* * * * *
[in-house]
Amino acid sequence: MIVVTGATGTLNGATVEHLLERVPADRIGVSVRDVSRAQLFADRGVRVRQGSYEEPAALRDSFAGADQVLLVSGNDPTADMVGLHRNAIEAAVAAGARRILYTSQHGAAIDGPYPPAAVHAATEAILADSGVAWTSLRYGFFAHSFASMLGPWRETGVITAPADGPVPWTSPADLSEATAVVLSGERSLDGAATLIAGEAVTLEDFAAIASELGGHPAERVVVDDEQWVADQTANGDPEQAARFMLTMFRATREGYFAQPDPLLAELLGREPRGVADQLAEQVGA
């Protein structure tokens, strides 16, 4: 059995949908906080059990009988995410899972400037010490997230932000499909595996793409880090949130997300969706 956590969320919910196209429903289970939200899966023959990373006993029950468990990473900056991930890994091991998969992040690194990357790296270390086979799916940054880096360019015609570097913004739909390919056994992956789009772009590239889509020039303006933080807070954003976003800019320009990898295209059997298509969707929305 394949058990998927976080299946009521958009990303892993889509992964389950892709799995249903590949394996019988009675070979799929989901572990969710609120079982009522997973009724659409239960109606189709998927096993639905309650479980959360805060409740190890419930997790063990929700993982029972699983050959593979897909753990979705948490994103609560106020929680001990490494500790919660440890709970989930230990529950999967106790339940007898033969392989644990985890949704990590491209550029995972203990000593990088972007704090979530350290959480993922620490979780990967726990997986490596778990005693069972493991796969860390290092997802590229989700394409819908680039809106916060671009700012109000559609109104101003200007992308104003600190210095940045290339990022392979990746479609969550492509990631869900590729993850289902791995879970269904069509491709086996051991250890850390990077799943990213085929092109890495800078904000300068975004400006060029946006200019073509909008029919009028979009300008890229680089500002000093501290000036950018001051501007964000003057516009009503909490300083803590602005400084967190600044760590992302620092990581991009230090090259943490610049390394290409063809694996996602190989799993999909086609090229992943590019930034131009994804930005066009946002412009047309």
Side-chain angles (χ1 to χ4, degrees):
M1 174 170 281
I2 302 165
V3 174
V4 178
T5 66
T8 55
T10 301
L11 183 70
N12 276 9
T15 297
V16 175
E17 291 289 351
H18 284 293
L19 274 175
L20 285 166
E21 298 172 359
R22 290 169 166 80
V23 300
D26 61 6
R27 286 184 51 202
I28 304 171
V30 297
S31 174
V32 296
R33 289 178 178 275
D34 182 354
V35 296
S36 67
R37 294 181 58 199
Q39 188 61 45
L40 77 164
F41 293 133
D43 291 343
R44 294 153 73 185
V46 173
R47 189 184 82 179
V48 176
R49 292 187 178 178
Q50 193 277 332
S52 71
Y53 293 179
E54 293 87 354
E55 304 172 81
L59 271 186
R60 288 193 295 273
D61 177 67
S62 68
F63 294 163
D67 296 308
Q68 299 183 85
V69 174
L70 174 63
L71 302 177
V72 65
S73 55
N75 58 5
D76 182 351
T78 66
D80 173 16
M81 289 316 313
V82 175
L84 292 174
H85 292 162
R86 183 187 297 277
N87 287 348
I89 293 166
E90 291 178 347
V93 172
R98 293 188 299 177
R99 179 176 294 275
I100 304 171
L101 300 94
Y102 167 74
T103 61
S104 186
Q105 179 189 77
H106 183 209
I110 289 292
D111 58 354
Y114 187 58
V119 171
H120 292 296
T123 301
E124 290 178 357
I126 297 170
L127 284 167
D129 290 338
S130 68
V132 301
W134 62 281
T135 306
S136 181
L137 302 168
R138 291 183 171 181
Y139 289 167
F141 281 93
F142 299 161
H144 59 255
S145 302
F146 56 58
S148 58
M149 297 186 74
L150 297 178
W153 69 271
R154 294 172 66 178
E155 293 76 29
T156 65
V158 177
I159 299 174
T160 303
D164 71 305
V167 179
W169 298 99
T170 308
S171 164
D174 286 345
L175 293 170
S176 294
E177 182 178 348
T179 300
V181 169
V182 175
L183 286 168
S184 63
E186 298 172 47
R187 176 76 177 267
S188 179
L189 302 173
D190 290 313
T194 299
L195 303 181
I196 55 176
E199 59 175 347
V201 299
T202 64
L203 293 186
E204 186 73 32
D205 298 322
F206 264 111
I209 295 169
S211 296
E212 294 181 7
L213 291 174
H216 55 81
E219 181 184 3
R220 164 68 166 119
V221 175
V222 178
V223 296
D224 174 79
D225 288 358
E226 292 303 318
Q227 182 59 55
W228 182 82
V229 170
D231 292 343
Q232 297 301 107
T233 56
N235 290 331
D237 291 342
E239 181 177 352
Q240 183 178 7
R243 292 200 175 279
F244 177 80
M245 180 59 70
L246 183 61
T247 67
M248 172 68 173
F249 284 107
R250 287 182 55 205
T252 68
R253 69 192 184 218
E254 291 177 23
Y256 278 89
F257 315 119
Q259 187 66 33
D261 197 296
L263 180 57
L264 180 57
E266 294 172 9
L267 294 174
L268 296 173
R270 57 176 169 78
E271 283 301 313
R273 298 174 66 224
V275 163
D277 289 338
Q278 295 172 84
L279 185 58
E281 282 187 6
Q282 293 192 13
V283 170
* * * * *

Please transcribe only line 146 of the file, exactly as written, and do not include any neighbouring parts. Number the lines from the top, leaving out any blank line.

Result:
E212 294 181 7